I traveled to Vietnam in January 2020, planning to teach English for a few months. However, shortly after I began teaching, the first coronavirus cases were reported and schools were closed. As my fellow teachers and I processed this turn of events and discussed what we would do, it was easy to feel afraid. I was on the other side of the world from my family and friends, and I didn’t know what to expect in the coming days and weeks. Several teachers decided to leave Vietnam, but I chose to stay, even though I felt deeply unsettled about what was happening.
After a couple of weeks of letting fear take the reins, I was tired of feeling vulnerable and overwhelmed. I no longer wanted to be distracted and knew I needed to specifically address my fear of uncertainty and contagion. I had to make a decision: Would I let fear continue to control me, or would I take a stand against it, with God?
When we are presented with disturbing images and fearful suggestions, we have divine guidance from God to “fear not: for I am with thee” (Isaiah 43:5). This doesn’t mean to act foolishly, but to listen for Love’s guidance in order to act in the most loving and intelligent way possible, which is naturally free from fear. I love how Mary Baker Eddy explains in Science and Health with Key to the Scriptures why we don’t have to be afraid: “Human sense may well marvel at discord, while, to a diviner sense, harmony is the real and discord the unreal. We may well be astonished at sin, sickness, and death. We may well be perplexed at human fear; and still more astounded at hatred, which lifts its hydra head, showing its horns in the many inventions of evil. But why should we stand aghast at nothingness?” (p. 563). This passage helped me see with a “diviner sense” that there is only one reality: God and Her spiritual, harmonious creation. Nothing material can have any power over Spirit.
I had to make a decision: Would I let fear continue to control me, or would I take a stand against it?
I also prayed with passages from the Bible about living in the safety of God. I turned to these words from Psalm 91 again and again: “Because thou hast made the Lord, which is my refuge, even the most High, thy habitation; there shall no evil befall thee, neither shall any plague come nigh thy dwelling. For he shall give his angels charge over thee, to keep thee in all thy ways” (verses 9–11). Affirming that we all “dwell in the house of the Lord for ever” (Psalms 23:6) and that we “live, and move, and have our being” in God (Acts 17:28) helped me reclaim a calmer, clearer, healing perspective. During this time, I found comfort in reading the Bible Lessons from the Christian Science Quarterly and listening to the Sunday and Wednesday online church services from The Mother Church. I took some time to really feel my closeness to God.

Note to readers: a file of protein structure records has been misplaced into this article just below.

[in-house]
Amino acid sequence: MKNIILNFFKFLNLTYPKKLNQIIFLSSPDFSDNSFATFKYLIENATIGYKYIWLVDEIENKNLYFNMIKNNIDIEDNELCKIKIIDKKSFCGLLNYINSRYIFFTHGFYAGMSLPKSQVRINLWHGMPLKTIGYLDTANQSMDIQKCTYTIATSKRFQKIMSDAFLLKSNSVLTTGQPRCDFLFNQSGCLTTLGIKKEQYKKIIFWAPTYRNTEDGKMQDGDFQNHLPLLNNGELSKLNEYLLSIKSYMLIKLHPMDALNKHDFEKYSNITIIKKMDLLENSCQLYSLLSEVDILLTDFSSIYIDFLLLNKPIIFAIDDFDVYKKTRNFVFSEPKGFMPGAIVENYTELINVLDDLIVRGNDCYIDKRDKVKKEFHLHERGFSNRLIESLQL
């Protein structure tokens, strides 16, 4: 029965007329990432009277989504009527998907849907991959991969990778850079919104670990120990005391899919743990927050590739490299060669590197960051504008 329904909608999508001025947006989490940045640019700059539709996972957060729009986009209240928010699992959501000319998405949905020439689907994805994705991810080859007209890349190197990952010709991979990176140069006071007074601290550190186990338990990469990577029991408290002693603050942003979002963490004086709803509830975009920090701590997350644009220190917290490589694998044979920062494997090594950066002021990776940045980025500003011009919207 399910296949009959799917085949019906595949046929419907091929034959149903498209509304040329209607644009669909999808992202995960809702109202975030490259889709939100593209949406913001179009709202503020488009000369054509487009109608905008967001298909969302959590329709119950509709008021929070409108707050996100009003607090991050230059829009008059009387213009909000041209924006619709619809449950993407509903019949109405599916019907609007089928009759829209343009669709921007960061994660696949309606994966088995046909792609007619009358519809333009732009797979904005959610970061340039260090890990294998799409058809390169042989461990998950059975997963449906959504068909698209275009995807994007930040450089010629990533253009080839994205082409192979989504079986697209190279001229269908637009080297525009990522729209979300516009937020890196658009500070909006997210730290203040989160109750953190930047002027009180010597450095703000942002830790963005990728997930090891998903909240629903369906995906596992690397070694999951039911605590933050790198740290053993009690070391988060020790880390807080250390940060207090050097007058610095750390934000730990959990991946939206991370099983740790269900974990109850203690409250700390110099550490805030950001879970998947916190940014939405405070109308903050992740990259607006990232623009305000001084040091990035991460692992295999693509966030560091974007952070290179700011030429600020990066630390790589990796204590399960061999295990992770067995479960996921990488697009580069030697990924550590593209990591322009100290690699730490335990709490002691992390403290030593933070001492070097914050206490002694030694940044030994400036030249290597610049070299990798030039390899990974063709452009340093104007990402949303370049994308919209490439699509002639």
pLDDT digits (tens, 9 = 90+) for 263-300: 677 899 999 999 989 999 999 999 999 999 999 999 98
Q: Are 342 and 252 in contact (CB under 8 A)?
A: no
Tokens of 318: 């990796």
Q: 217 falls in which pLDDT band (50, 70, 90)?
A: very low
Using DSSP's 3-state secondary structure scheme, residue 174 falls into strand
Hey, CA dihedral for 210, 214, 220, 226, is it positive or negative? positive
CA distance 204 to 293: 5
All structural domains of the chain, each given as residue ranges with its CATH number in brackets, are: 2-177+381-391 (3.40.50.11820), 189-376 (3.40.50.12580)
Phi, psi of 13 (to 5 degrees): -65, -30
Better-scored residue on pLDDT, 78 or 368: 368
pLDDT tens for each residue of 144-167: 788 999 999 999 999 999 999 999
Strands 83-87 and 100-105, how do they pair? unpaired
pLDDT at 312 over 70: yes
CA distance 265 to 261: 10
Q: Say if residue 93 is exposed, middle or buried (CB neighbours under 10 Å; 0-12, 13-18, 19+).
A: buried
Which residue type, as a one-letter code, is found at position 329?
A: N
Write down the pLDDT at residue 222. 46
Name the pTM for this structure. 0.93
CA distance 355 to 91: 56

To cement my prayers about safety, I refused to entertain fear for myself and the world. I placed my confidence completely in God, who can only protect and care for Her creation. Sticking with these ideas brought me peace and allowed me to let go of all the fear I had been holding on to.
I tangibly felt that we were all safe in God’s care.
I remained in Vietnam for several months, and once schools reopened, I was able to teach English as I had hoped. I also felt God’s guidance as I found a better place to stay while in the country. When I traveled within the country, I relied on God for my safety and direction. During my trip home to the United States, the airport staff and my fellow travelers consistently expressed patience, calmness, and understanding. I tangibly felt that we were all safe in God’s care. I’m very thankful for the harmony I experienced every step of the way during my time away and my travels.
I continue to hold to the fact that God is All and the only power, no matter how big the pandemic and other world issues seem. A traditional American spiritual helps remind me that I can place my trust entirely in God: “He’s got the whole world in His hands.” God’s goodness can never fail, and the kingdom of heaven is right here and now, wherever we are. God is always ready to console and guide us out of fear into comfort and healing.
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